The Apostle John’s First Letter Part 4

Verse by Verse Comments on 1 John

A Digression (2:12-17)

“I write to you, dear children, because your sins have been forgiven on account of his name. 13 I write to you, fathers, because you have known him who is from the beginning. I write to you, young men, because you have overcome the evil one. I write to you, dear children, because you have known the Father. 14 I write to you, fathers, because you have known him who is from the beginning. I write to you, young men, because you are strong, and the word of God lives in you, and you have overcome the evil one. 15 Do not love the world or anything in the world. If anyone loves the world, the love of the Father is not in him. 16 For everything in the world– the cravings of sinful man, the lust of his eyes and the boasting of what he has and does– comes not from the Father but from the world. 17 The world and its desires pass away, but the man who does the will of God lives forever.”

 In these verses, John turns aside from the three self-examination questions to consider some issues about the church and the world. He has assured his readers (2:12-14) that he is writing as he is because they know God, not because they are unbelievers. But what attitude should believers have toward the fallen world system? He answers that question in (2:15-17).  

Verses 2:12-14 have been interpreted in several ways. A likely correct interpretation is that the categories of readers (children, fathers, and young men) represent stages of spiritual development. Children, who are relatively new converts, are addressed in 2:12 and 2:13c. Their sins are forgiven, they know God as their Father, and they actively fellowship with God. In 2:13a and 2:14a John speaks to the fathers, those mature in the faith. The “fathers” are spiritually adult believers who have progressed to a deep communion with God. They know God is immutable and eternal. In 2:13b and 2:14b, he addresses young men. They are committed to moral obedience, are strong because the Word of God lives in them, and they have overcome the evil one.  

In verses 2:15-17 the focus shifts to the world. What attitude should believers exhibit toward the world and what should their behavior be?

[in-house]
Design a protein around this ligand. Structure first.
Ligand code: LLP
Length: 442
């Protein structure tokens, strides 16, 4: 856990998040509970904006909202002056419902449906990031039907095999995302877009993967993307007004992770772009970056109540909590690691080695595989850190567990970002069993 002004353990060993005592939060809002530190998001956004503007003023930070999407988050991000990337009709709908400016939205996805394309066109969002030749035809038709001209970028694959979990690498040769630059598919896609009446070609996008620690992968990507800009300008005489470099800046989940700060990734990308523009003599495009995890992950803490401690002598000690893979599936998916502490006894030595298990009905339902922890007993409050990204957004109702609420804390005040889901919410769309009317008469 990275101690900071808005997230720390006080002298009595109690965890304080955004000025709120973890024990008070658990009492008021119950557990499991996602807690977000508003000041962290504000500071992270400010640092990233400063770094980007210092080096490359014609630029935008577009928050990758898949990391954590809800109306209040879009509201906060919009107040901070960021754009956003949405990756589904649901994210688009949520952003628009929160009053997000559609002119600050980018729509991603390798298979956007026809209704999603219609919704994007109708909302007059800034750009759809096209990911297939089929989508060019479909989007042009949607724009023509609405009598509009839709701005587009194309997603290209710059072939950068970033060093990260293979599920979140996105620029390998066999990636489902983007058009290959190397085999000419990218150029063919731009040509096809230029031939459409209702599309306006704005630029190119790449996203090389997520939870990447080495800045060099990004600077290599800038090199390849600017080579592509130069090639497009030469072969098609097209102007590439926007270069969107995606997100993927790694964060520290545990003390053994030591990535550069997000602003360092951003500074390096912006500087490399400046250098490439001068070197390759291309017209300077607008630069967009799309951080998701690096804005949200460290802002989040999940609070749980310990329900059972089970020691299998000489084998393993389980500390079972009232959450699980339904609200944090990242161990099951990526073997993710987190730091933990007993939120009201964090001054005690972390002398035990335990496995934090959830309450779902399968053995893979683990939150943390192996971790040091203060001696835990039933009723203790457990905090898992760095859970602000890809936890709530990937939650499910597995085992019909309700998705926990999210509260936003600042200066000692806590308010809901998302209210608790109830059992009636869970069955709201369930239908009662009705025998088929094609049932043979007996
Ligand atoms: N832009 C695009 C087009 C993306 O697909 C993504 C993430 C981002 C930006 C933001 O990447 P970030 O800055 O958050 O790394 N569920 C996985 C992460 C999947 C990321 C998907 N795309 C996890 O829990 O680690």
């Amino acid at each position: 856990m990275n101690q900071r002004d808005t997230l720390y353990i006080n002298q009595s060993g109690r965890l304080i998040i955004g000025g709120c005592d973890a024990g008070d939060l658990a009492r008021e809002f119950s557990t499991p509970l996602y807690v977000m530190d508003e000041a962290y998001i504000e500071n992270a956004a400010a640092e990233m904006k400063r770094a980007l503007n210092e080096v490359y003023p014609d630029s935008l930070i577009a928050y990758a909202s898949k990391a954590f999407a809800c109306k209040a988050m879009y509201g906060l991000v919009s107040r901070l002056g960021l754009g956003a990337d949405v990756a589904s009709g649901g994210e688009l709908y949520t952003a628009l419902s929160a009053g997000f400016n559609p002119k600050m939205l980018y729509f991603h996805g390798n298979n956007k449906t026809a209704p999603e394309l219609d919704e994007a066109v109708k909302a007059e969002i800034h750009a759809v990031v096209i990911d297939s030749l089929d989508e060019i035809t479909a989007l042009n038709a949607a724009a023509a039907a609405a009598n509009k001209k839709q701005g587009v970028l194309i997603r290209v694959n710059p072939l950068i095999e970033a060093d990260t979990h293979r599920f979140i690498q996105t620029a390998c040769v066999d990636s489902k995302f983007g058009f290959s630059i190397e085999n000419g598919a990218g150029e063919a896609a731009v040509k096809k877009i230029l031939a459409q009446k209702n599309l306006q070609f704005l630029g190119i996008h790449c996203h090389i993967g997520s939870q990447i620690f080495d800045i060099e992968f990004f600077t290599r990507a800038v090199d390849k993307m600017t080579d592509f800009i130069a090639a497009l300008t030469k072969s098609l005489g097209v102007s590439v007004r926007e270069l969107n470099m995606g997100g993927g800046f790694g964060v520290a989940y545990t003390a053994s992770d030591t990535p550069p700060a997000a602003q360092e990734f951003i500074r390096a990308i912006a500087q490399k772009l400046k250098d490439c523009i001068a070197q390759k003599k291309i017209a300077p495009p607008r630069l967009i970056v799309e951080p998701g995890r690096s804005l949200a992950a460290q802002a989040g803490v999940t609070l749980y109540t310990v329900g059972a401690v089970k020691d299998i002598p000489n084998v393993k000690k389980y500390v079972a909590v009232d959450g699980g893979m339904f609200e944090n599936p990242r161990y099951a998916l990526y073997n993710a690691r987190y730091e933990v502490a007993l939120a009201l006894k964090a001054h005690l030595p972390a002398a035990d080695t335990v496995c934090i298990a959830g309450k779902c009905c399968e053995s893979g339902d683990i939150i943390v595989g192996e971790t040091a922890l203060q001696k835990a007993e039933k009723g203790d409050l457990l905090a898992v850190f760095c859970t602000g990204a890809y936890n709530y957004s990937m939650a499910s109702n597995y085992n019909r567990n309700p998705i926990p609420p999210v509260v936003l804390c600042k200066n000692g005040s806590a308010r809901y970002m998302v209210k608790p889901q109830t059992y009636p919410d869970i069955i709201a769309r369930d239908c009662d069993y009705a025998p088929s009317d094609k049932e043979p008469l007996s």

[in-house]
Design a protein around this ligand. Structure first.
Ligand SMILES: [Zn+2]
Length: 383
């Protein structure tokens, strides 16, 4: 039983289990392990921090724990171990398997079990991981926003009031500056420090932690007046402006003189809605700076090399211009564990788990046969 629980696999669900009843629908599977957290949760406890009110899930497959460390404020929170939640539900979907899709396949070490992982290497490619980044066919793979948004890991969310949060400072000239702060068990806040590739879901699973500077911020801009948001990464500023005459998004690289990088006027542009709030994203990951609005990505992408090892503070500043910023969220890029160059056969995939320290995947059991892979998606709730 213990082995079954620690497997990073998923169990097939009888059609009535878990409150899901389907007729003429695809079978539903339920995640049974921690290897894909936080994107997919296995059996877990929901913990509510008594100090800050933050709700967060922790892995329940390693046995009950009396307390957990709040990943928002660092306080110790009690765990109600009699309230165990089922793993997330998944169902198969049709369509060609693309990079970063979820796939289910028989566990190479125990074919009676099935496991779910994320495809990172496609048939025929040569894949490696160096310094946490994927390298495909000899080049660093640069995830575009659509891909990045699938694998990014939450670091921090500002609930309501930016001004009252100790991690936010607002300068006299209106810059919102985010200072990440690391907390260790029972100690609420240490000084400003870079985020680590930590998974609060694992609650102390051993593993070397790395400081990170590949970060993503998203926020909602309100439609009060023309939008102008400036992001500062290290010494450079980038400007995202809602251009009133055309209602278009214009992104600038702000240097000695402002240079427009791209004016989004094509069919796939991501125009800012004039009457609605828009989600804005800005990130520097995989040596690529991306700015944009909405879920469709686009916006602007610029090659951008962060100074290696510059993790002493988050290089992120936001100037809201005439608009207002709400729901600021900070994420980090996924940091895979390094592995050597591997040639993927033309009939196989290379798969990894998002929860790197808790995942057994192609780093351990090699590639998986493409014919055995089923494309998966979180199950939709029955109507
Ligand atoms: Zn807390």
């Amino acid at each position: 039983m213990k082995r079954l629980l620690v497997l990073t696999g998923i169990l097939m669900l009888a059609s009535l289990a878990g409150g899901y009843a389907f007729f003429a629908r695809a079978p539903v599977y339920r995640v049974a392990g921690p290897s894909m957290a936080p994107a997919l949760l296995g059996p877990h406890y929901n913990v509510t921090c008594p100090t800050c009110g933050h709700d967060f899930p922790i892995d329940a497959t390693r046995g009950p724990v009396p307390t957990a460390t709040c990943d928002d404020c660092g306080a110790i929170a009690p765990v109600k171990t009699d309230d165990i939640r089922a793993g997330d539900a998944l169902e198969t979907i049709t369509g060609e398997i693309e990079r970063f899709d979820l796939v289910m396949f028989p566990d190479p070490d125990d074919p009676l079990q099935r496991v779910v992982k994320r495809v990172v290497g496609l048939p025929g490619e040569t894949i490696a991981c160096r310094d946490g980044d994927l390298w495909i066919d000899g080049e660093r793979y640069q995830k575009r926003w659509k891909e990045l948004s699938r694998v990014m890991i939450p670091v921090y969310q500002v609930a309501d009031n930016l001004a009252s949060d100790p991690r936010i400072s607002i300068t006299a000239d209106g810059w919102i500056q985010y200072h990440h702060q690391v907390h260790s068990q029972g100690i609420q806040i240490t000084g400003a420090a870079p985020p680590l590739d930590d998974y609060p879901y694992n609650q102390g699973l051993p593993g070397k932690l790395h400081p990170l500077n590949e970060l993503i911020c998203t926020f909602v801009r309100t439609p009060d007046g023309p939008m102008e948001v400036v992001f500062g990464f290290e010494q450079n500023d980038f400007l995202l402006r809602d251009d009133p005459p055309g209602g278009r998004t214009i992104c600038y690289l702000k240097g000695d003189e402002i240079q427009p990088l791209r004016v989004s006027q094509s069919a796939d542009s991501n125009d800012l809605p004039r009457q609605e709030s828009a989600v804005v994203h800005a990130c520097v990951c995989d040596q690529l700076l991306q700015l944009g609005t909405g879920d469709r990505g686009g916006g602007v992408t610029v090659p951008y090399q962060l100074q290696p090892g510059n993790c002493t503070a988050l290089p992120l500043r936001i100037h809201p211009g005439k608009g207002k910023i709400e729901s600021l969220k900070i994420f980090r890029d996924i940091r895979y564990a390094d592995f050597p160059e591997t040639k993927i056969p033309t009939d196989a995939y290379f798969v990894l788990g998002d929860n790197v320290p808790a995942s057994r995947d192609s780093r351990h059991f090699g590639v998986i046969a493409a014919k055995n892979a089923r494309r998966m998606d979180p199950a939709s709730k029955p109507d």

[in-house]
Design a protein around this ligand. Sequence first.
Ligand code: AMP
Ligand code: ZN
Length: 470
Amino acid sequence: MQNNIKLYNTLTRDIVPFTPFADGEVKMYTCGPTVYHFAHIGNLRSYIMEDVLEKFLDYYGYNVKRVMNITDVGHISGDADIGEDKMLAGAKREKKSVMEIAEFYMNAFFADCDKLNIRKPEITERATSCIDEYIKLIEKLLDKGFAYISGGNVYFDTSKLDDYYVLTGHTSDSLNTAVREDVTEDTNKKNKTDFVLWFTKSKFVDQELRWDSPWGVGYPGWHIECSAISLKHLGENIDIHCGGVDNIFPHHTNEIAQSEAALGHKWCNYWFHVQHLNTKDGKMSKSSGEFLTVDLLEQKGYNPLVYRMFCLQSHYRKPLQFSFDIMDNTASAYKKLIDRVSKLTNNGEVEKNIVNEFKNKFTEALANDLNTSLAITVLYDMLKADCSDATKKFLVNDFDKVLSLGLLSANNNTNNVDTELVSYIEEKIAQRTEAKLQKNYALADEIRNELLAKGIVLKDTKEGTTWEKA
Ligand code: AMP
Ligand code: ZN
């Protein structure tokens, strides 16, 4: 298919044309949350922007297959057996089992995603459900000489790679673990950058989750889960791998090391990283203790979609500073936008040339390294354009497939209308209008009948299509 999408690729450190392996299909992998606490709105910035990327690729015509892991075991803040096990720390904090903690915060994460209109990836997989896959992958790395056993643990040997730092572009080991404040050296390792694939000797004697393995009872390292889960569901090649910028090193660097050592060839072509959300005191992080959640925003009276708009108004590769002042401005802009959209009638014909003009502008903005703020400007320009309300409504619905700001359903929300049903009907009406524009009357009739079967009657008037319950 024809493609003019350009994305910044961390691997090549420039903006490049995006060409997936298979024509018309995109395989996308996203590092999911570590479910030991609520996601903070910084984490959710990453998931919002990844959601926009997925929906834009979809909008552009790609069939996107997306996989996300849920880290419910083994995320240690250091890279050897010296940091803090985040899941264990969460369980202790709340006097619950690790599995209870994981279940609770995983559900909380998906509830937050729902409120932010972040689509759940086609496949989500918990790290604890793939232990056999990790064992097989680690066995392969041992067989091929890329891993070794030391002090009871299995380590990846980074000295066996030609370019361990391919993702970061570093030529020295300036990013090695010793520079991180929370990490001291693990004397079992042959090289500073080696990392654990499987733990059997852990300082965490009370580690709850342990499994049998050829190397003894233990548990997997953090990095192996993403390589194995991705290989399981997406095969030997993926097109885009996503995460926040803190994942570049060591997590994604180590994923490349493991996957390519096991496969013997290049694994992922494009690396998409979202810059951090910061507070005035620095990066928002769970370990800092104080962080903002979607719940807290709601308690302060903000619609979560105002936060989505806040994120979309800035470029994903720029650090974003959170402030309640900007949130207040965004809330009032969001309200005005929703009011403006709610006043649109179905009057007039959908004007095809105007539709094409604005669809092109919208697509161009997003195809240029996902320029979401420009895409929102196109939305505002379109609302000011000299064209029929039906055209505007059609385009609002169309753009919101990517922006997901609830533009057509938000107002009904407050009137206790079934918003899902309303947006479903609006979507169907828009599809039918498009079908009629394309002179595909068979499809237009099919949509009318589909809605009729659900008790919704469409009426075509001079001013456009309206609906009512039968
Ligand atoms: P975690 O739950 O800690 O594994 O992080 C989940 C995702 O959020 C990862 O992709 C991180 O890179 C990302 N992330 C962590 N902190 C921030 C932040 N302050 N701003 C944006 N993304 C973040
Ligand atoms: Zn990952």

A careful look at John’s meaning is necessary in 2:15 when he says, “do not love the world.” What does he mean and how does this instruction relate to the message of John 3:16? He recognizes three different senses of “the world.” As the “creation of God,”, believers are to receive the world and be thankful for it as God’s gift. As the “world of men,” believers are to love the world of fallen men as God loves it (John 3:16) and strive to evangelize it. As the “world system in rebellion against God,” believers are to reject it and its values. They are to conduct their lives according to the set of values given by God. Love for God and attraction to the “rebellious world system” are incompatible. The world system rejects Christ. Believers must not become engrossed in its outlook or pursuits.  

In 2:16 John continues to talk about the world system in rebellion to God and points out “everything in the world … comes … from the world.” The cravings of sinful man, the lust of the eyes, the boasting of what he possesses and what he does – these are essential marks of the unbelieving way of life. Temptations assault us from without as well as from our old sin nature within. We tend to be captivated by the outward show of things, ignoring enquiring into their real value from God’s viewpoint. Arrogance can be based on circumstances of power, wealth, position, and even dress.  

In 2:17 the message is, “the world and its desires pass away, but the man who does the will of God lives forever.”  We must choose between the “lust and desires of the world” and “the will of God.” The world, like the darkness in it, is already disintegrating. There is transient “apparent pleasure” or there is lasting “eternal life with God.” Choose!

The Test of Right Belief (2:18-27)

“Dear children, this is the last hour; and as you have heard that the antichrist is coming, even now many antichrists have come. This is how we know it is the last hour. 19 They went out from us, but they did not really belong to us. For if they had belonged to us, they would have remained with us; but their going showed that none of them belonged to us. 20 But you have an anointing from the Holy One, and all of you know the truth. 21 I do not write to you because you do not know the truth, but because you do know it and because no lie comes from the truth. 22 Who is the liar? It is the man who denies that Jesus is the Christ. Such a man is the antichrist– he denies the Father and the Son. 23 No one who denies the Son has the Father; whoever acknowledges the Son has the Father also. 24 See that what you have heard from the beginning remains in you. If it does, you also will remain in the Son and in the Father. 25 And this is what he promised us– even eternal life. 26 I am writing these things to you about those who are trying to lead you astray. 27 As for you, the anointing you received from him remains in you, and you do not need anyone to teach you. But as his anointing teaches you about all things and as that anointing is real, not counterfeit– just as it has taught you, remain in him.”

This is the third of John’s questions or tests designed to give assurance to believers with doubts. Many people no longer strictly believe in truth and certainly not in absolute truth. For many people “truth is relative.” We say, “Jesus Christ is God”, and they say, “that may be true for you, but it is not true for me.” Scripture, on the other hand, is emphatic that there are absolute truths – true now and forever, true for everyone, true under all circumstances. These verses of the letter deal with the test of believing truth and related issues.